Dumfries and Galloway education bosses say mental health support in place for pupils

Education chiefs have given assurances that pupils struggling mentally in Dumfries and Galloway are getting the counseling they need.

Hundreds of pupils have been receiving specialist support in school after Covid turned their lives upside down.

At the recent full council meeting, councilors asked whether the right level of care is being provided – and by experts who are fully qualified.

Annandale North Councilor Doug Fairbairn said: “What are we doing in relation to counseling in schools?

“This was brought up before, but we’ve had no real feedback since then.”

Jim Brown, the council’s chief education officer, said: “Staff members are now in place in all schools across Dumfries and Galloway.

“We’ve had a strong response that it’s most welcomed, and it’s had a huge positive impact on our young people.”

Provost Tracey Little said: “I’d just like to check, for my own reassurance, that these are trained counselors trained in mental health for our young people, and not the promotional uplifted position within existing staff that it used to be when it was the pupil support position.”

Council service manager Mark Molloy replied: “All secondary schools within the region have got two and a half days per week access to a qualified counselor who have undertaken their COSCA counseling qualification, which is the nationally-recognised qualification.

“There was a report that went to the education and learning committee on October 7 that provided the first year’s evaluation of that project, and I’ll be happy to circulate that to members that are not on that committee.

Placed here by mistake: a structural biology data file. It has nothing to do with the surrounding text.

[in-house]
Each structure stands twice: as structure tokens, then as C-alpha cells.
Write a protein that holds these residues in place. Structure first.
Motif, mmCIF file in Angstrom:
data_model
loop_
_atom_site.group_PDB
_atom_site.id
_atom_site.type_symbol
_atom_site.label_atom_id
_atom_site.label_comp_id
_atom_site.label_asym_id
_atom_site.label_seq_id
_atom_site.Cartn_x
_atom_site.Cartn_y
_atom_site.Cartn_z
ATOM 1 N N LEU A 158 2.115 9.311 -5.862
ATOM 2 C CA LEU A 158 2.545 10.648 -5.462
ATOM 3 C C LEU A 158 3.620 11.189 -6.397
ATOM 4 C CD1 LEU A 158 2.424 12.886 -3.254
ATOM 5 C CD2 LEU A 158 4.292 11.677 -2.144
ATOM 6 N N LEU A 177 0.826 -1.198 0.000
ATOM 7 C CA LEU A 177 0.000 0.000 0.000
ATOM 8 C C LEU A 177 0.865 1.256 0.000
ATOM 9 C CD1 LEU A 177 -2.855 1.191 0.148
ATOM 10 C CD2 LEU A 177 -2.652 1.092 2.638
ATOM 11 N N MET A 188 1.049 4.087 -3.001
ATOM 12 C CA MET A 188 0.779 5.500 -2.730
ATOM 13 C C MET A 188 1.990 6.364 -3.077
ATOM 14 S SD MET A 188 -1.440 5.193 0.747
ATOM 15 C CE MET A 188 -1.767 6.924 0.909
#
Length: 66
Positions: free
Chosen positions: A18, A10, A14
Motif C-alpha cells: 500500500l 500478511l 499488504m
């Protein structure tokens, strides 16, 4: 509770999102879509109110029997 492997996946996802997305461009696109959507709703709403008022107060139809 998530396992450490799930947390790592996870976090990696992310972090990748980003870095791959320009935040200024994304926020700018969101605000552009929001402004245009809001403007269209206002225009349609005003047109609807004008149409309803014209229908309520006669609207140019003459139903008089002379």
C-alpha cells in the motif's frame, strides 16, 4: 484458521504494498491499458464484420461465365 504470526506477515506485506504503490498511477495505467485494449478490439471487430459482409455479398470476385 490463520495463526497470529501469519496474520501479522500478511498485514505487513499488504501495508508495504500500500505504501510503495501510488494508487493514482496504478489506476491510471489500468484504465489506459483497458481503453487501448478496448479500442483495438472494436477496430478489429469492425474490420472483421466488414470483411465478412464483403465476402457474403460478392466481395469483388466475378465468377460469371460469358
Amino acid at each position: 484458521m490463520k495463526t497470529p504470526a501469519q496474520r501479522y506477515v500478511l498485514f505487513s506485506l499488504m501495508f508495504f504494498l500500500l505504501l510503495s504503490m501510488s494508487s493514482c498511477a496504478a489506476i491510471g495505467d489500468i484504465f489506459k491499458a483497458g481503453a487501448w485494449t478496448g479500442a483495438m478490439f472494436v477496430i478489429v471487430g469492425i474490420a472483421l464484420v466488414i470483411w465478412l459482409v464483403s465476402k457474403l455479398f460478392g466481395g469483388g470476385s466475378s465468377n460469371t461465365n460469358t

“It outlines the impact of that project in relation to our teaching colleagues’ understanding of it and very positive evaluation of it by young people and parents.”

The report produced last October showed that more than 800 primary and secondary pupils across Dumfries and Galloway were supported by school counseling services between August 2020 and June 2021.

The Covid restrictions and pressures of the pandemic had a “significant impact on the emotional and mental wellbeing” of youngsters in the region, according to the document.

Child psychology experts also revealed that there had been an increase in youths self-referring for help as they struggled to cope with anxiety and other mental difficulties.

The report showed that the school counseling project delivered 3,559 one-to-one sessions to pupils within secondary schools.

This meant that 351 secondary youths received support after being referred by school staff, external agencies such as CAMHS, social work, or even by reaching out for help themselves.

A total of 464 pupils were seen at 10 primary schools, which involved three youth workers delivering a cognitive behavioral therapy program over a period of eight weeks.

The Scottish Government has allocated almost £2m to the council to fund the Counseling In Schools project until the summer of 2023.

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